Video games are a lot like movies in the way that you have your big studio movies that take everything by storm, and you have the smaller studios that are doing their own thing.
It's a real treat when you come across that small time movie, that just grabs you by the throat and screams greatness. Movies like Dog Soldiers, 28 Days later or even 500 days of Summer (:P), these films tend to have a charm that the bigger budgets just can't buy.
Games work the same way.
You have your massive titles that come out with such fury that every game site has them plastered across their front page, boasting mad reviews and what not, and then you have that one game that you didn't even know was out there... and it totally hits the spot.
Cryostasis: The sleep of reason is one such game for me. I had posted some news about it a long time back, and had totally forgotten about it.
I came across it recently when I was fishing around for horror titles that I could get for the pc, and on some site somewhere I came across the games cover. Then one search led to another and a few links down the line I knew I absolutely had to get this game.
Developed by a Russian studio called Action Forums, who I can't seem to find anything about, the game is a survival/ exploration horror game unlike anything I've played.
The game takes place in the North Pole, where you play the part of Alexander Nesterov, a Russian meteorologist who boards a nuclear ice breaker called The North Wind, which has been wrecked on some ice burgs. At first there are no signs of the ships crew, but as you continue to investigate you find that something quite sinister has happened aboard the North Wind, turning it's crew into crazed zombie like monsters.
The most interesting thing about the game is the way the story unfolds itself. As you play through you come across the remains of some of the crew who didn't become monsters. These people died in either horrible accidents when the ship hit the ice bank, or at the hands of the crazed crew. Normally what ever killed these people becomes an obstacle for you, and to get past this you need to tap into the dead persons Death Echo.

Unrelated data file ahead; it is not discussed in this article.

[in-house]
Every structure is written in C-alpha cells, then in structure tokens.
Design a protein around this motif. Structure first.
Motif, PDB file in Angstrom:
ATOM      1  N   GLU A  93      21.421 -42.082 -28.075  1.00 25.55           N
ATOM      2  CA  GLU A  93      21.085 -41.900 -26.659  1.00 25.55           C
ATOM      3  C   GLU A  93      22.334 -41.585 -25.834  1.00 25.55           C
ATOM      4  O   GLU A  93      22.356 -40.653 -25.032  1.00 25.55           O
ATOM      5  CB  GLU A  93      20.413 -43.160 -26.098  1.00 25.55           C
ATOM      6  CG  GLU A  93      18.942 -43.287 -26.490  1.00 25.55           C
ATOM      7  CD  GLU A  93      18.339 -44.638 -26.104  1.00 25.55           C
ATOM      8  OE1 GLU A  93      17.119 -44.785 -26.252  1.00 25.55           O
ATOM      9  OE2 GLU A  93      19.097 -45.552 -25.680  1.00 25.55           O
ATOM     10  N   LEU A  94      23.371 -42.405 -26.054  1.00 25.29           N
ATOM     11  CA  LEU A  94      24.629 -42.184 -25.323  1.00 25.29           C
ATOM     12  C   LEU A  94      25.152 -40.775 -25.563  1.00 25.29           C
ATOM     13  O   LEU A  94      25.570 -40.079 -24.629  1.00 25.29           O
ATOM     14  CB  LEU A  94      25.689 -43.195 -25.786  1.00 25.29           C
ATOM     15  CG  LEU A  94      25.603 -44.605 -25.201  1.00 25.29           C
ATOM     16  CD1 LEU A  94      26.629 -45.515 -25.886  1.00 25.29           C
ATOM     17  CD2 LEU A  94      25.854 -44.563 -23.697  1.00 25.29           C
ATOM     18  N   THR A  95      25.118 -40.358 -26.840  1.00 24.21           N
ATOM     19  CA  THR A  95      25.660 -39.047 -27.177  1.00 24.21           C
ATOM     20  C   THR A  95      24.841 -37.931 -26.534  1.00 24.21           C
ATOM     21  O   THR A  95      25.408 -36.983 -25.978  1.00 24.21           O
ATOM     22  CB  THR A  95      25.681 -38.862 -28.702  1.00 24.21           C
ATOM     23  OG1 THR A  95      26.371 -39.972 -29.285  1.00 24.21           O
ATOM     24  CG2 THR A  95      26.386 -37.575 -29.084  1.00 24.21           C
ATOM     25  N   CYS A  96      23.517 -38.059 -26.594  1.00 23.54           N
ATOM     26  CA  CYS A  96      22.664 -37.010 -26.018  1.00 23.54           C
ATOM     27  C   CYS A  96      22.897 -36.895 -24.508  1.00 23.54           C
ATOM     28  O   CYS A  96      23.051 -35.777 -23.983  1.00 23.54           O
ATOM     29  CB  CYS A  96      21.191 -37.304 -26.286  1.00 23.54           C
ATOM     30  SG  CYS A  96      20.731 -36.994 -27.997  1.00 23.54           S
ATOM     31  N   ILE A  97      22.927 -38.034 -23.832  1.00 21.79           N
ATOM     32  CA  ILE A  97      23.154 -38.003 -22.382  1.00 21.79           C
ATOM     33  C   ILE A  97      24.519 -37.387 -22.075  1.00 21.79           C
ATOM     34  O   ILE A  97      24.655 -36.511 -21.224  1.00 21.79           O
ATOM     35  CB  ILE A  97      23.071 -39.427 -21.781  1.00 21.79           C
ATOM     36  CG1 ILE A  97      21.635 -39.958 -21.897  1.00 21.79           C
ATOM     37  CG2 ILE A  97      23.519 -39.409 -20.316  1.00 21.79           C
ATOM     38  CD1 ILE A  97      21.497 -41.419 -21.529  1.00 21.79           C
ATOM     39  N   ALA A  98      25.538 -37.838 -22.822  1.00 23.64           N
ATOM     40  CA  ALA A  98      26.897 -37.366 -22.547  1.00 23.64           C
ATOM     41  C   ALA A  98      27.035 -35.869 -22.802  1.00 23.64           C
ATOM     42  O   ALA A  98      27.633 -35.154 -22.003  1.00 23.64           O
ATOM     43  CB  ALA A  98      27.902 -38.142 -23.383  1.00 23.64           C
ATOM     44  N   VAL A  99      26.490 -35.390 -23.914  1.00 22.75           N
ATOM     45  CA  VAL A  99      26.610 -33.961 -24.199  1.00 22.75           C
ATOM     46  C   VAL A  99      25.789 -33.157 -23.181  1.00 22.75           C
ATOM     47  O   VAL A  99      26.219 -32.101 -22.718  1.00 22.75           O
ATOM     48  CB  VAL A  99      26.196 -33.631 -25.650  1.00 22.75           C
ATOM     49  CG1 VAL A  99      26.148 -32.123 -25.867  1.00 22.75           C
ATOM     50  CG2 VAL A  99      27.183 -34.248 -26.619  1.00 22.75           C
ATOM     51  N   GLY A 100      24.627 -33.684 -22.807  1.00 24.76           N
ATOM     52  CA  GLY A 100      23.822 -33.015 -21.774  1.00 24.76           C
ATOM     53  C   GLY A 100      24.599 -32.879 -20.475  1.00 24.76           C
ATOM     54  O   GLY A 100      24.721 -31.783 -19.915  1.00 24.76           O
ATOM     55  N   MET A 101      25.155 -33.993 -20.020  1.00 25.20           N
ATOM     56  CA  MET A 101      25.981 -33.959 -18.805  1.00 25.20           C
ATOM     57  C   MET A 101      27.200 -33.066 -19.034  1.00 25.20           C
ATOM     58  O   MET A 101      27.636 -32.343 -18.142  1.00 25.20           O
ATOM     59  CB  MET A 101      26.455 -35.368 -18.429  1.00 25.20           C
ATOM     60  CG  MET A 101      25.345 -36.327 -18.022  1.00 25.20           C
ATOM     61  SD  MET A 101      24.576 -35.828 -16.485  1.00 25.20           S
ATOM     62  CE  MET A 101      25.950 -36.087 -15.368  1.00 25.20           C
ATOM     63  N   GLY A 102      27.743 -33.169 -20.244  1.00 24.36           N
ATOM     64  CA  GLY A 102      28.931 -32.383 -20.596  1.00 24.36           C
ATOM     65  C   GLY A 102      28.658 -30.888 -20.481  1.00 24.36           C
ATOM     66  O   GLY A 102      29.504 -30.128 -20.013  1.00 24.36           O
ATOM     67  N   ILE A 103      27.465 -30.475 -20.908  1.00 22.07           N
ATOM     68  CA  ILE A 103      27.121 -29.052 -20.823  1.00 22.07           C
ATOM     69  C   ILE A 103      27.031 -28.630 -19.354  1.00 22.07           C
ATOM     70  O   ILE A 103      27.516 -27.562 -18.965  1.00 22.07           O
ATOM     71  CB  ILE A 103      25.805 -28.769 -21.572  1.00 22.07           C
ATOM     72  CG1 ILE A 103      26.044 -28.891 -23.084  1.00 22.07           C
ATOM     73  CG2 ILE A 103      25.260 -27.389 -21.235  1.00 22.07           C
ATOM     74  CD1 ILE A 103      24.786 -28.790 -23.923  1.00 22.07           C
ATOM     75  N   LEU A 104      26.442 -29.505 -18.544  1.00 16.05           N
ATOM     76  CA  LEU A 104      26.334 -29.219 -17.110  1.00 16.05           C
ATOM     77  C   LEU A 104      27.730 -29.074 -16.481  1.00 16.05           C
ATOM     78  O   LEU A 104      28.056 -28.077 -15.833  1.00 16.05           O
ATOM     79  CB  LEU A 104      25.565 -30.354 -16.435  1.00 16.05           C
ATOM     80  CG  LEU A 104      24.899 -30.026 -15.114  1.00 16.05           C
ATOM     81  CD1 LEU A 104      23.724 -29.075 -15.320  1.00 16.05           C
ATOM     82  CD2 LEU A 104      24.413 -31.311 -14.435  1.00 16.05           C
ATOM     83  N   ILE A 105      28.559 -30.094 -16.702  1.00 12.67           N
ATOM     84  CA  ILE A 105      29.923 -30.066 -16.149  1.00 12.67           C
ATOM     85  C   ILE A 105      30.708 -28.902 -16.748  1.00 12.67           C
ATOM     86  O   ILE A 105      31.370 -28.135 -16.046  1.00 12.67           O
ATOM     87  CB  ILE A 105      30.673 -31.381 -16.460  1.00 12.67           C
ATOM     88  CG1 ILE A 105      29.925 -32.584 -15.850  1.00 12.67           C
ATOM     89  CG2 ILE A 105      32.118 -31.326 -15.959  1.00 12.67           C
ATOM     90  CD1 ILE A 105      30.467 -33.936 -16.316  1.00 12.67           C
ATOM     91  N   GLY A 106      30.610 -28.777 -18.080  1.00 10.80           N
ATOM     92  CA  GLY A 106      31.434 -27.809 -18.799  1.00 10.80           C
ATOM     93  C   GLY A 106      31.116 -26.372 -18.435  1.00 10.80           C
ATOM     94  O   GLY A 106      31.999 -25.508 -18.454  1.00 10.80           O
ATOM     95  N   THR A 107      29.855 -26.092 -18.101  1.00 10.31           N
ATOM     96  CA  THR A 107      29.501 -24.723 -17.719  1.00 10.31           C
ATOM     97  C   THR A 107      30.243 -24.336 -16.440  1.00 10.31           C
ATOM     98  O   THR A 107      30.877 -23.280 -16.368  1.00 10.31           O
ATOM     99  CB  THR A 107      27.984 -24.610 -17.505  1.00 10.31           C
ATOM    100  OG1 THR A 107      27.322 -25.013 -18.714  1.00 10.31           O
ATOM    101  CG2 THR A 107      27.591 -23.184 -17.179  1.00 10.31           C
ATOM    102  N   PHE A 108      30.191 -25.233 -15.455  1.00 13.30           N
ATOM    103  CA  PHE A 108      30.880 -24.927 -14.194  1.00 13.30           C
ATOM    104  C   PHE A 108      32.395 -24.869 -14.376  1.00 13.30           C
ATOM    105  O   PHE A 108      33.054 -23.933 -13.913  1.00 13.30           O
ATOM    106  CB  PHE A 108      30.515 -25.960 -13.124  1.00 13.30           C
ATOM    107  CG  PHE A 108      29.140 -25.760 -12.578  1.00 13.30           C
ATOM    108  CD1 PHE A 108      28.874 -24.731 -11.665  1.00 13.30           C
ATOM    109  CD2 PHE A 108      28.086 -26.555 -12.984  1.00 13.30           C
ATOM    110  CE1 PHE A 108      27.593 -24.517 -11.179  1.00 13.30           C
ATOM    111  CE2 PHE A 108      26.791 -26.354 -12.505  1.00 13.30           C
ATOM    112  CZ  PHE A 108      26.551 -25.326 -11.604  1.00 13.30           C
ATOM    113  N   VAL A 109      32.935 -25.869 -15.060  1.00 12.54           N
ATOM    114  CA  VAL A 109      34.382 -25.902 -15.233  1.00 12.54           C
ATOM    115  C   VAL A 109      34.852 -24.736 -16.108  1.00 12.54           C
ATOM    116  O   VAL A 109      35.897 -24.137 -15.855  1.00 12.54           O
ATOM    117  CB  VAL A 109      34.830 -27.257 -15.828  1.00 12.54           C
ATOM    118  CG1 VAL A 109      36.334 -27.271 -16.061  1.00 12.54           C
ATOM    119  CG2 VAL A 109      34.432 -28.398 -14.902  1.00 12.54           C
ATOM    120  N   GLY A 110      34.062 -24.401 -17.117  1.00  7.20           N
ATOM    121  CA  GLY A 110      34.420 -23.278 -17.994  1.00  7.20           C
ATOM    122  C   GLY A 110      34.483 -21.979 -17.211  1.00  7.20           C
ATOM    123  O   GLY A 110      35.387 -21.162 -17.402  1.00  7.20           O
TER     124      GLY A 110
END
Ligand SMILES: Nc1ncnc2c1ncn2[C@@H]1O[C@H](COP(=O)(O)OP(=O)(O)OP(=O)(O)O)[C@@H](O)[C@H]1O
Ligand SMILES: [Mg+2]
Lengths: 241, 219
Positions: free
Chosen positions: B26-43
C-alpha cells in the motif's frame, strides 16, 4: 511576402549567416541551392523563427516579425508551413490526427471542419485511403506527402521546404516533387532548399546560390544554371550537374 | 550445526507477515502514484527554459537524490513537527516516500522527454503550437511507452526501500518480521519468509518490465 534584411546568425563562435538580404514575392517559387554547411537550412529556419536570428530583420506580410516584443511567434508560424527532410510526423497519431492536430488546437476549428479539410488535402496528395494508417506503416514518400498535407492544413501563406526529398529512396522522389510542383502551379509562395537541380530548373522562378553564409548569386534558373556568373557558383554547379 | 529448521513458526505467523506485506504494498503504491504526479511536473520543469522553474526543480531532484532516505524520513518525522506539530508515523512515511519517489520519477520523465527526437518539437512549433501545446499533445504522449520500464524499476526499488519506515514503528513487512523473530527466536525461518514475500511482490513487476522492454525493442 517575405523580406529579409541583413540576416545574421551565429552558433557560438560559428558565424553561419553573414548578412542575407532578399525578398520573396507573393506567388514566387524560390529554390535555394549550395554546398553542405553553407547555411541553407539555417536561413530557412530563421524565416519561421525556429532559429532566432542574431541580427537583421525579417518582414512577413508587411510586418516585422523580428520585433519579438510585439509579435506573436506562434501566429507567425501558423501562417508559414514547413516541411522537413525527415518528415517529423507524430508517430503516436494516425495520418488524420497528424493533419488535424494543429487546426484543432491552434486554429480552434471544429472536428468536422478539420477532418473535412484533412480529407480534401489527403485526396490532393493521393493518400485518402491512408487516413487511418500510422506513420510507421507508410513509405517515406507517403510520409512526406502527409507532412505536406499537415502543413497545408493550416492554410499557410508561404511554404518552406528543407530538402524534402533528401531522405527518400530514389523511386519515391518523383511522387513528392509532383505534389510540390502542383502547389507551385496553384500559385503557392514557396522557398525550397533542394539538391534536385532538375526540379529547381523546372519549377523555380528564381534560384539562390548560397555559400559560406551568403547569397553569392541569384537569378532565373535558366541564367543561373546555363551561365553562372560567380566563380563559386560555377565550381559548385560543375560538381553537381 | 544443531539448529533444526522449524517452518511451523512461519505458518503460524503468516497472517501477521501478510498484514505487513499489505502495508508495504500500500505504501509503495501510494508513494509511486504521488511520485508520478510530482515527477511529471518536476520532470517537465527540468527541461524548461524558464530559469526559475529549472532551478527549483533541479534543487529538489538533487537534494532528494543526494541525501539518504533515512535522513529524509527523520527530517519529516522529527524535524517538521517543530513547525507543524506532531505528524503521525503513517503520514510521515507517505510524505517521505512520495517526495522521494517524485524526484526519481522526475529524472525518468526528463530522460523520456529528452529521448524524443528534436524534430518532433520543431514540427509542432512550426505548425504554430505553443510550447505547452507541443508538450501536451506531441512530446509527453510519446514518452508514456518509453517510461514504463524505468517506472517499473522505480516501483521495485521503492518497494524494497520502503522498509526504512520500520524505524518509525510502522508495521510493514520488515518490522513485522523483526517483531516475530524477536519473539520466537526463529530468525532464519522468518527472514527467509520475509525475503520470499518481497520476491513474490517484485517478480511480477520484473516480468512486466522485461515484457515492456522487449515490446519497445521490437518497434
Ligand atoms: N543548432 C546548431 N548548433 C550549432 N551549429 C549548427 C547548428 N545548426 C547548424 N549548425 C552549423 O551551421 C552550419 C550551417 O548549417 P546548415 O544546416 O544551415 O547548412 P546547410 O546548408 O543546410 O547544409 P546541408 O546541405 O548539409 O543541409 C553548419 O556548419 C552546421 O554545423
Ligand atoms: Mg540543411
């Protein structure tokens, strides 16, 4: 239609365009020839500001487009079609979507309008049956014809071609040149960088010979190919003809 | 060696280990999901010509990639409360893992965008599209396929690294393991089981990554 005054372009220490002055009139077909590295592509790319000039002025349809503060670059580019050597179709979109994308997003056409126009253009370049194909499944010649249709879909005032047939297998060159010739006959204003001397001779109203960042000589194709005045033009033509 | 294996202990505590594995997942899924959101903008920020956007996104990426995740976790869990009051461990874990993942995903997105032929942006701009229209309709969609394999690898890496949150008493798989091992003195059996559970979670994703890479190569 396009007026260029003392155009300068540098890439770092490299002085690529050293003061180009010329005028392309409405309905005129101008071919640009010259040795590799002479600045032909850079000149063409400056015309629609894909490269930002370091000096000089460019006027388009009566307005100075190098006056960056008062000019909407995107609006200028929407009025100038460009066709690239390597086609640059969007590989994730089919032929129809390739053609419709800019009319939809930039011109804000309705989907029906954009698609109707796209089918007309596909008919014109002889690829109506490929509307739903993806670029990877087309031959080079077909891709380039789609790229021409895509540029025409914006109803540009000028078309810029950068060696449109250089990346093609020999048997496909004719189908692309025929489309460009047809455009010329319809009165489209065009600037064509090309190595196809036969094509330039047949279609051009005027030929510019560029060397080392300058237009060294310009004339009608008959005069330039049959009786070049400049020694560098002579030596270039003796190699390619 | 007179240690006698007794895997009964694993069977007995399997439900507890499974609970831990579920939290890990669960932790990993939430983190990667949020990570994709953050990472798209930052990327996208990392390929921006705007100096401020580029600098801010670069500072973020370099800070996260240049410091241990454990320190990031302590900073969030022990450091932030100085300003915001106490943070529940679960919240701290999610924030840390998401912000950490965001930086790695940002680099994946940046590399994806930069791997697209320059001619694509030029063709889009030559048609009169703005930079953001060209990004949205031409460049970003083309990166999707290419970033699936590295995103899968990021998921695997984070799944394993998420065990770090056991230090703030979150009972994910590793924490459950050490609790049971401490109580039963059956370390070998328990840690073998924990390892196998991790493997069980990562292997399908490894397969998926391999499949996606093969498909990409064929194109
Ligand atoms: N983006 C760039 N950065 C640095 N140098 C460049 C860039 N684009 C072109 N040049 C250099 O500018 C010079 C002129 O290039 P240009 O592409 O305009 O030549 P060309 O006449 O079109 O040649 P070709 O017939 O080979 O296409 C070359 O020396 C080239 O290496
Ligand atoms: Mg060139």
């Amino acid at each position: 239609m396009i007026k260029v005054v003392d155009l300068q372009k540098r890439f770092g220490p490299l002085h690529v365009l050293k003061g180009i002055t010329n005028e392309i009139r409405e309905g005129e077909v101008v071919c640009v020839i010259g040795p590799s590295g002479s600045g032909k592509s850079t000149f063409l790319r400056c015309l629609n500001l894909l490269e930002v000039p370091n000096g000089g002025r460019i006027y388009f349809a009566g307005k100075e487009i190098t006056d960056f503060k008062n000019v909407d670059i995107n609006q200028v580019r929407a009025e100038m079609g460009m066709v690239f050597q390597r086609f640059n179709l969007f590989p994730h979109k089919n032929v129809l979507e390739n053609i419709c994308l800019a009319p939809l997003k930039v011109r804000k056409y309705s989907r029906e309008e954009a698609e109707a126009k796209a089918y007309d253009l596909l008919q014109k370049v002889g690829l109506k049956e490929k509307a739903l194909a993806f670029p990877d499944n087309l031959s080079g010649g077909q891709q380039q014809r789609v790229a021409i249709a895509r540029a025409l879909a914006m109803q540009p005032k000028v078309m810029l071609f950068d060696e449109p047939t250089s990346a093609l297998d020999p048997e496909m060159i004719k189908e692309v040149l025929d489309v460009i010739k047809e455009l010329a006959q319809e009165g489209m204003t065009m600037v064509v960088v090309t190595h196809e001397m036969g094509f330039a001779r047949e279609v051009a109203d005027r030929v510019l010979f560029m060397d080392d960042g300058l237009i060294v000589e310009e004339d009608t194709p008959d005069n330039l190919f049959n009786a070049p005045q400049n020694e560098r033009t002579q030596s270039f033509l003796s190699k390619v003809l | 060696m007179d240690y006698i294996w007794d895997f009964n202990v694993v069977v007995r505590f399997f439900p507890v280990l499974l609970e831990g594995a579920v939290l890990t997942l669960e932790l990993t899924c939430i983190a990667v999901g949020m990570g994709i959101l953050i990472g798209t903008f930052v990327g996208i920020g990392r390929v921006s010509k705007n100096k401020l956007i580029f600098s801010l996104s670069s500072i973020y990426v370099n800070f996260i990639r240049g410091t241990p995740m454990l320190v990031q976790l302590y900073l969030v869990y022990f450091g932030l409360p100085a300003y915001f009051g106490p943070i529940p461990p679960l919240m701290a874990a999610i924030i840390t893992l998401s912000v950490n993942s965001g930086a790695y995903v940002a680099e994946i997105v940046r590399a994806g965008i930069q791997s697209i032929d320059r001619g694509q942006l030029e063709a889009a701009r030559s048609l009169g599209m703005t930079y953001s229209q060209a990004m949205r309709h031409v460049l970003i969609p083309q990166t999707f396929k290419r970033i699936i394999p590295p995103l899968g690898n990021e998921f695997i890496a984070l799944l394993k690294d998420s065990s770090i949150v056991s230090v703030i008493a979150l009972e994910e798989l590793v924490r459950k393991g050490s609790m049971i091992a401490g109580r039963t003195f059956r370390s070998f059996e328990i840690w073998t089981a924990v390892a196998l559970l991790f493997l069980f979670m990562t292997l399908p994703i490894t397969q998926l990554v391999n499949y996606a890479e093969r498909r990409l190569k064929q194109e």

O yeah... this is where this game gets interesting.
The death echo allows you to relive the moments that lead to the persons death, and by saving them, usually by means of avoiding an accident or fixing some bit of the ship, you get to progress further.
For example; You come across a body holding onto some floating debris in a flooded part of the ship, you can't get across because the water is freezing. So what you do is tap into the dead persons death echo, in this case it's a guy trying to cross the flooded area. You find him a rubber raft, guide him through the zombie infested waters, and then park the raft where you main character can reach it. When you get the guy across safely, the echo ends and your staring at a rubber raft where the floating body used to be.
There are tones of puzzles like this through out the game, and the echo bits are freaking tense and scary, because you know if you don't act fast enough the person is going to die.
Aside from these encounters, you also run into the zombie crew members while your exploring. You can dispatch of these guys with a cool assortment of make shift weapons, as well as old time guns and pistols that you find here and there. My favourite weapon though is the axe, swings slow, but nails em good.
Another interesting bit of game play is the importance of keeping warm. Being on a wrecked ship in the middle of the North pole is not good for you at all. Lose a little heat and simple things like running and walking around become harder to do, lose too much heat and your dead.
Luckily though there are lights and machinery scattered about the ship which provide just the right amount of heat to keep you going. Some of the bigger machines juice you up for quite a bit.
I have to say the biggest star though would have to be the ship it's self. Being inside the ship is like walking around in the belly of a monster. Massive in size but divided into destroyed sections, the environment perfectly captures the feeling of dread and isolation. As you scurry around, your breath steaming in front of your face, while you peer through your frozen goggles, seeing icy walls and flooded areas, giant machines and huge dark industrial areas of pipes and ladders, the North Wind is a cold, dark death trap that's already claimed it's crew... and now it wants you.
There is a story that plays out about the crew and what happened, as well as a sort of interwoven tale that explains your death echo trips, but I don't want to spoil that.
All in all this would have to be one of the coolest horror games I've played, and easily makes it into my top 5 list of all time favourites. Sadly the game didn't get the mad review scores I thought it deserved, with Gamespots review being one of the few bigger game sites that really liked it, but when it comes to these review scores you really need to take em with a grain of salt.
What's often important to me is the games hook, that is something unique to a game that appeals directly to me. Like if say there was a mad military shooter that got outstanding reviews, and a zombie game that is said to be bloody and fun. You know I'm grabbing that zombie game. Classic example would be The Evil Dead series of games which weren't the favourites of many a game sites, but I played those games to bloody little bits and still consider Evil Dead: Fist full of Boomsticks one of my favourite ps2 games, not to mention Hail to the King which made the last days of my ps1 mad fun.
Cryostasis came in at number one on Gamesutra's list of Top 10 over looked games of 2009.